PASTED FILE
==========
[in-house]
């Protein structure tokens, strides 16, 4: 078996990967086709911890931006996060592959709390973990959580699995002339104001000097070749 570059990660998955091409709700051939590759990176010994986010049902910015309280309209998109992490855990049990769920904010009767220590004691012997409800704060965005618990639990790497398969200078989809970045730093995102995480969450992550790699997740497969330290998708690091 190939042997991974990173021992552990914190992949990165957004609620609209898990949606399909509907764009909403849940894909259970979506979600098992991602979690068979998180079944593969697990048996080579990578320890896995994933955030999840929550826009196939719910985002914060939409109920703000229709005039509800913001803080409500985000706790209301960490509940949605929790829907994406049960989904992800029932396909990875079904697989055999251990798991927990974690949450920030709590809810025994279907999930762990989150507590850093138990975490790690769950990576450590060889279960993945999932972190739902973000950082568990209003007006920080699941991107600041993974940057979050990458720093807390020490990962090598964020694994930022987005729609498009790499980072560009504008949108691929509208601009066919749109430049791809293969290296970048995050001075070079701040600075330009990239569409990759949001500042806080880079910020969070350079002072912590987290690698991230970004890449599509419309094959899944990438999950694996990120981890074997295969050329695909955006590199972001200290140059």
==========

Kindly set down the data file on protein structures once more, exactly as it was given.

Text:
[in-house]
């Protein structure tokens, strides 16, 4: 078996990967086709911890931006996060592959709390973990959580699995002339104001000097070749 570059990660998955091409709700051939590759990176010994986010049902910015309280309209998109992490855990049990769920904010009767220590004691012997409800704060965005618990639990790497398969200078989809970045730093995102995480969450992550790699997740497969330290998708690091 190939042997991974990173021992552990914190992949990165957004609620609209898990949606399909509907764009909403849940894909259970979506979600098992991602979690068979998180079944593969697990048996080579990578320890896995994933955030999840929550826009196939719910985002914060939409109920703000229709005039509800913001803080409500985000706790209301960490509940949605929790829907994406049960989904992800029932396909990875079904697989055999251990798991927990974690949450920030709590809810025994279907999930762990989150507590850093138990975490790690769950990576450590060889279960993945999932972190739902973000950082568990209003007006920080699941991107600041993974940057979050990458720093807390020490990962090598964020694994930022987005729609498009790499980072560009504008949108691929509208601009066919749109430049791809293969290296970048995050001075070079701040600075330009990239569409990759949001500042806080880079910020969070350079002072912590987290690698991230970004890449599509419309094959899944990438999950694996990120981890074997295969050329695909955006590199972001200290140059």